St. Johns interchange opens

Though some work remains, milestone is three months early

By Eric Florip, Columbian transportation & environment reporter

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Transportation officials on Wednesday fully opened the new interchange at St. Johns Boulevard and state Highway 500, allowing access to all four ramps connecting the two thoroughfares for the first time.

It's been a long wait for many commuters and neighbors, but not as long as it could have been. Wednesday's ribbon-cutting ceremony came three months ahead of schedule.

"We're here a little bit earlier than we thought we would be," said Don Wagner, regional administrator with the Washington State Department of Transportation.

The change means the formerly signalized intersection will now function as a freeway-style interchange designed to move traffic more smoothly and safely through the area. A new bridge carries St. Johns up and over 500, with the highway flowing freely underneath.

Before the ramps opened, a group of local and state leaders gathered to mark the occasion, among them state Transportation Secretary Paula Hammond, state Sen. Craig Pridemore, D-Vancouver, and Vancouver Mayor Tim Leavitt. Representatives of Congresswoman Jaime Herrera, R-Camas, and Gov. Chris Gregoire also spoke.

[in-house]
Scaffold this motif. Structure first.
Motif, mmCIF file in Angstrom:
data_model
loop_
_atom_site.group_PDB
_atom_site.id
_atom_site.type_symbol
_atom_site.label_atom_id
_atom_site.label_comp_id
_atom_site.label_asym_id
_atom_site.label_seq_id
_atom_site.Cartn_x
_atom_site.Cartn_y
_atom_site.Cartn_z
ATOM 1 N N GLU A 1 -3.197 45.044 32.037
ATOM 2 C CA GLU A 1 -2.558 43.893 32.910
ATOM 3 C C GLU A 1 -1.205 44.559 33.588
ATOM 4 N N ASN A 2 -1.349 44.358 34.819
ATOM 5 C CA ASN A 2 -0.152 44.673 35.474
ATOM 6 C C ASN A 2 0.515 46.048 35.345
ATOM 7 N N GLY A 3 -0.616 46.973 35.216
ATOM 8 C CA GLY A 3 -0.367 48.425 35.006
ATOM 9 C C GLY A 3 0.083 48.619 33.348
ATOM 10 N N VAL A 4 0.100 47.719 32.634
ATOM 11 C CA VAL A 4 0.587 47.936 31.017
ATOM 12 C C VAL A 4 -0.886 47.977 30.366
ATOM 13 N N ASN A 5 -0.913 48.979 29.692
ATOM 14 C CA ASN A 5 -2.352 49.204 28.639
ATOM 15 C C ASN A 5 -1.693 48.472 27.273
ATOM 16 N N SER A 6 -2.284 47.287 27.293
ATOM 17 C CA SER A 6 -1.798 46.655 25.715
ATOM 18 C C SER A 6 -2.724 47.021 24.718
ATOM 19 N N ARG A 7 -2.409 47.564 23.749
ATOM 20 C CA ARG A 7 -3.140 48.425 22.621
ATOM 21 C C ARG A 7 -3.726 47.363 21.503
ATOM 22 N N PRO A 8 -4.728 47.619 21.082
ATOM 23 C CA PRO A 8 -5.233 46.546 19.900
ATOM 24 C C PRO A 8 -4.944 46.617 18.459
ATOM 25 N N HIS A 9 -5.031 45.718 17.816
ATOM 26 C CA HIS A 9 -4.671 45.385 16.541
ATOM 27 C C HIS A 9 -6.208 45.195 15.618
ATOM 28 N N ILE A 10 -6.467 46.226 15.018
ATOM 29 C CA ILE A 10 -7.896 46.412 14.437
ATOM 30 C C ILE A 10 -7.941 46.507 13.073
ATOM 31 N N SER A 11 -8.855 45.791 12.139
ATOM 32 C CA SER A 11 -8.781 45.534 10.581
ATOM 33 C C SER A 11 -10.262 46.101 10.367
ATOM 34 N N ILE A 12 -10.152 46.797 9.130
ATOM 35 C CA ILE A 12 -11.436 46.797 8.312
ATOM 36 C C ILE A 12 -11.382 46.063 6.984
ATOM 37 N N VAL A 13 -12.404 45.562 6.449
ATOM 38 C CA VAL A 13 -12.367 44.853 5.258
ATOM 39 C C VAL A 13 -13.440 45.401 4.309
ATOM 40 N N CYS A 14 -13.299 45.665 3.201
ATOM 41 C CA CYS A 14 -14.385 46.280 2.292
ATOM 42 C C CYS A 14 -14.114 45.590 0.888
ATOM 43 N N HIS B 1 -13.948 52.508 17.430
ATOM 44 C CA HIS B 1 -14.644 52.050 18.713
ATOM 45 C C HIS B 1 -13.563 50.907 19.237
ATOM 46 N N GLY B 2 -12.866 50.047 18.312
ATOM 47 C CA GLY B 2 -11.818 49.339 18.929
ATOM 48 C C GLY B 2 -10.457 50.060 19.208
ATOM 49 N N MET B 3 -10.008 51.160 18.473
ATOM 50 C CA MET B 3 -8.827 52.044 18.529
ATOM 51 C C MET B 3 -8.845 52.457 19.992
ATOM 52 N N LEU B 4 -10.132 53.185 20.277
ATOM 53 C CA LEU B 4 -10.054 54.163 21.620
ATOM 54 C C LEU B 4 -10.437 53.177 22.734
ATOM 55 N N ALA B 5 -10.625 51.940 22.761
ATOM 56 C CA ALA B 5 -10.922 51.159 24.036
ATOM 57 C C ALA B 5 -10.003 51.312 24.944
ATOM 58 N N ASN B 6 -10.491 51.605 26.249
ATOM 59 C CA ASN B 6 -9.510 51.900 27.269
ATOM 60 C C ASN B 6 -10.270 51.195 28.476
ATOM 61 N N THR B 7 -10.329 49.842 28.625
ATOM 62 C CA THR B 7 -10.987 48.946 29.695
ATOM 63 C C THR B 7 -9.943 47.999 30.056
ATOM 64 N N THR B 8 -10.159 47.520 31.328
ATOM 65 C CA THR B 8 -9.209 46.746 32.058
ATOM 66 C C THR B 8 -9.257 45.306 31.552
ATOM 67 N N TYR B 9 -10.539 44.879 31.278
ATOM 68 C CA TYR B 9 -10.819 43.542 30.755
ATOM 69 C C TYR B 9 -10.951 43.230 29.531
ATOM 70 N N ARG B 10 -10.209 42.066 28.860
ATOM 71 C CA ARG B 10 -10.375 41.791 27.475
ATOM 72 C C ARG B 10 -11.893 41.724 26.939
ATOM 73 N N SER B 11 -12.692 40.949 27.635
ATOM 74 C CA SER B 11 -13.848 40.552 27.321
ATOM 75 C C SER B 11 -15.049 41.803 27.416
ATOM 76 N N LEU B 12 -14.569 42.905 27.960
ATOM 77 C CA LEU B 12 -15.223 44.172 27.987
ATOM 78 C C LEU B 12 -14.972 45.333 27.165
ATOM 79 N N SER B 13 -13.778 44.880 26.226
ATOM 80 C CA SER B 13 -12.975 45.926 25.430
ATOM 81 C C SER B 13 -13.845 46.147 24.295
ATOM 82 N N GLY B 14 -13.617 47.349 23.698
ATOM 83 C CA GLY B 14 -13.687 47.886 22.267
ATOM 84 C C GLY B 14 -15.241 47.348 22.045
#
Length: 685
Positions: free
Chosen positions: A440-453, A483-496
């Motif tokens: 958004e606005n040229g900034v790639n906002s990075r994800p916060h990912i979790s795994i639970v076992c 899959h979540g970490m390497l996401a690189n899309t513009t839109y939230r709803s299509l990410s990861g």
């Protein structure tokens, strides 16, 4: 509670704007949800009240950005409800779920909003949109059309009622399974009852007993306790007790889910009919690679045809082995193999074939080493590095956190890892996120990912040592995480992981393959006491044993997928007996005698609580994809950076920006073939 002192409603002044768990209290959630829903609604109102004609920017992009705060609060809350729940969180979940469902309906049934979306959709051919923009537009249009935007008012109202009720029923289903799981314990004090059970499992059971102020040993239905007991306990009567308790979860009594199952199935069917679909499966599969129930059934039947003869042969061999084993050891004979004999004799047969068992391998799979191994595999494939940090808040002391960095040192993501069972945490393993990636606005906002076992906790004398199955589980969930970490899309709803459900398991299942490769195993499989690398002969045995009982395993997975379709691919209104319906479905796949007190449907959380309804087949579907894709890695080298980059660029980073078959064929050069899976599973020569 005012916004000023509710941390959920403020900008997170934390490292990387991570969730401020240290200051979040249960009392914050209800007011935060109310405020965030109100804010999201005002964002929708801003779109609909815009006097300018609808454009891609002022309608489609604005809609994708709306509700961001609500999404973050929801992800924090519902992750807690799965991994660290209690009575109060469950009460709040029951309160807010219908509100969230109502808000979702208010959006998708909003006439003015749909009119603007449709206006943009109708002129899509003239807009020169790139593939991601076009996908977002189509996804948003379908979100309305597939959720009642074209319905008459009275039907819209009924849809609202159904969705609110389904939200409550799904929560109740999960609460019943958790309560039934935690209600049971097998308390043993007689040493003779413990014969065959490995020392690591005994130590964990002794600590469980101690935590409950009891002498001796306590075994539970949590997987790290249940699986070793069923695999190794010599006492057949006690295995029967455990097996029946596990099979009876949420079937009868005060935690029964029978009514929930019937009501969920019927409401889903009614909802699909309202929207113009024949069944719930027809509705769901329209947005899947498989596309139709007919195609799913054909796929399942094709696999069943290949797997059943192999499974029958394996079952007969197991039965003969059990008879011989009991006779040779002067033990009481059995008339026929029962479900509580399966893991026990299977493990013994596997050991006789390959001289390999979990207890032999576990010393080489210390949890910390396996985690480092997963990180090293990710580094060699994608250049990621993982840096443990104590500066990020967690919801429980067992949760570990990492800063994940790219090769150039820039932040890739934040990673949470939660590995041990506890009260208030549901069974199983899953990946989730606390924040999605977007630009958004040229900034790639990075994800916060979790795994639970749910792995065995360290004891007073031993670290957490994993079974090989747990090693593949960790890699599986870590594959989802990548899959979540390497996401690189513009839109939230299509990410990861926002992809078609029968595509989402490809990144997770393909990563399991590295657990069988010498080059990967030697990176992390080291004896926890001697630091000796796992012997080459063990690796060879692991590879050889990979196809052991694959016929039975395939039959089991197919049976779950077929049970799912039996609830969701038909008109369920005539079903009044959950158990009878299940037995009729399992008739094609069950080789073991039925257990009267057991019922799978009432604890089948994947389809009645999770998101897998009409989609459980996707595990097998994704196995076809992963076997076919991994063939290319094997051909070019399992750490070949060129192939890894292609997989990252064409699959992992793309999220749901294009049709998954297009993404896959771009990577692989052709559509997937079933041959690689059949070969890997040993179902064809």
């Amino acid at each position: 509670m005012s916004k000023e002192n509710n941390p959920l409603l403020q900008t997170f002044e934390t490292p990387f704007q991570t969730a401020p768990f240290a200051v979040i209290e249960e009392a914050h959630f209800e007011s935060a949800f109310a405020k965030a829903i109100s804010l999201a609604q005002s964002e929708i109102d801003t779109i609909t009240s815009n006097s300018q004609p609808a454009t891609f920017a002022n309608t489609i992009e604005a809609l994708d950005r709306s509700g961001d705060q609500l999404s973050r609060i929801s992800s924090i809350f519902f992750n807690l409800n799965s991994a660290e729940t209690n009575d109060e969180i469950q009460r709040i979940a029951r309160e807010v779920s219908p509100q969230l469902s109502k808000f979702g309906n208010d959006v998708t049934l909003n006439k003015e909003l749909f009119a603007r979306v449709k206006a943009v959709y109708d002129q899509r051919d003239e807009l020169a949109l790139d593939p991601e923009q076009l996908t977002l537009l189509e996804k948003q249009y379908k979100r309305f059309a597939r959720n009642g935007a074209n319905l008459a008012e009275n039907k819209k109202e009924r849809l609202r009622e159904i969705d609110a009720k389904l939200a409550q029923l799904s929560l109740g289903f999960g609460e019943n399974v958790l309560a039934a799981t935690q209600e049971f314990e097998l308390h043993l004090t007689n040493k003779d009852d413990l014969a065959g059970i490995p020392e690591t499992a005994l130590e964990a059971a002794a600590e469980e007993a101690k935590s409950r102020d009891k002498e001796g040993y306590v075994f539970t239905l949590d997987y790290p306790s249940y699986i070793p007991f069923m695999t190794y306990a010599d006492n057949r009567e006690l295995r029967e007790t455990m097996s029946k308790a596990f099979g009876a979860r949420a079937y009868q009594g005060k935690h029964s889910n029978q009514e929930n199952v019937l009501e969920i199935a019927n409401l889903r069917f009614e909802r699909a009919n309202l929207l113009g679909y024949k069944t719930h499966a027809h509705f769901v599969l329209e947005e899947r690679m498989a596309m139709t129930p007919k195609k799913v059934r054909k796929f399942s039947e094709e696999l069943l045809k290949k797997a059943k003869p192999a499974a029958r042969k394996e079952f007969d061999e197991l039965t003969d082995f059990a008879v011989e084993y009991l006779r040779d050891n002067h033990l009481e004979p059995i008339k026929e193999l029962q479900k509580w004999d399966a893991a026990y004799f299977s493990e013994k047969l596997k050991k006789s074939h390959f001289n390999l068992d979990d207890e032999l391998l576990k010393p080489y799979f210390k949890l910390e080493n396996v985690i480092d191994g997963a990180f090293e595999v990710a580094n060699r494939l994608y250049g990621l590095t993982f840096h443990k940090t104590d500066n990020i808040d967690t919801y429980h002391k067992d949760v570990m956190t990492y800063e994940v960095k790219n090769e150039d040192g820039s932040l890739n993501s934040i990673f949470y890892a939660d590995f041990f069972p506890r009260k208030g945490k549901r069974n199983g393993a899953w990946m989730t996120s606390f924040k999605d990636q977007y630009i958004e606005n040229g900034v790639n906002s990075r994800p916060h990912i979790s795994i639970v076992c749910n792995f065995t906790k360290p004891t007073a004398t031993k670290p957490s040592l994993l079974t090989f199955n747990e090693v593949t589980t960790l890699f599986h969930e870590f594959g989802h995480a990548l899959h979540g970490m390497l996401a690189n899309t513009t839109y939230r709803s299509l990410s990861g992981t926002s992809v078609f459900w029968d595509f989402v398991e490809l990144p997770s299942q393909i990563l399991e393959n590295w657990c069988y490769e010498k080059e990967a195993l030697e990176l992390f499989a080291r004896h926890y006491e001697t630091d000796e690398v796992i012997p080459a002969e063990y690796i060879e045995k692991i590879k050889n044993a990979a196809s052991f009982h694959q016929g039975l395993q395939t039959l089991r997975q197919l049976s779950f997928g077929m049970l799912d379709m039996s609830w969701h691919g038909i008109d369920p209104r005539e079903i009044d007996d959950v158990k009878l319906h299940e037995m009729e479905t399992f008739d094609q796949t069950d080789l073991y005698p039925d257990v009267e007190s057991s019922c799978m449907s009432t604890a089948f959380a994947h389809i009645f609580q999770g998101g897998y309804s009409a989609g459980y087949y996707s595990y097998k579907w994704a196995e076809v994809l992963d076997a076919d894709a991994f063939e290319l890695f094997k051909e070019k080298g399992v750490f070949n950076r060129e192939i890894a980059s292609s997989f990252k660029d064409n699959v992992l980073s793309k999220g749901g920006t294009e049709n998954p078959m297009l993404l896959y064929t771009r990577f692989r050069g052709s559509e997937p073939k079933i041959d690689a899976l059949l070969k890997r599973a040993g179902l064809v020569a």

When they finished, construction crews helped clear folding chairs and a podium perched on a highway onramp — making way for the first drive from St. Johns to westbound Highway 500 on the new interchange. A police motorcycle and a C-Tran bus led the parade of vehicles lined up for the event.

Wednesday's pomp marked a milestone for the project. But it doesn't mean crews under lead contractor Tapani Underground Inc. will pack up and leave just yet.

"We're not done with the project," Wagner said. "What we committed to the community was that we would get this open to operationally complete as soon as possible. That's what we're doing today."

Crews will still work on noise walls at the project site, continue paving on both the highway and its connecting ramps, plus complete landscaping, said WSDOT project engineer Leon Winger. The entire $48 million project is expected to wrap up by the end of this year, he said.

WSDOT offered financial incentives at various stages of the project to keep it ahead of schedule.

Crews were able to open the interchange early largely because of effective coordination and planning on Tapani's part, Winger said.

The St. Johns work is one of a handful of large highway projects under way in Clark County. That reflects WSDOT's investment in the region, which has been among the fastest-growing in the state, Hammond said. It also demonstrates the benefit of doing such work, she said.

"We're tying it all together, and you're in a perfect ground zero spot for that," Hammond said.

Removing the Highway 500 traffic signal at St. Johns improves safety for an area that used to average a collision every week, Wagner said. It doesn't, however, solve similar problems at Falk and Stapleton roads -- both signalized intersections -- to the east, he said. (Neither has funding for improvements).

Crews have now removed four traffic signals along Highway 500 over the years, Wagner said. With St. Johns gone, he said, "I've got two more to go."

Eric Florip: 360-735-4541; http://twitter.com/col_enviro;eric.florip@columbian.com.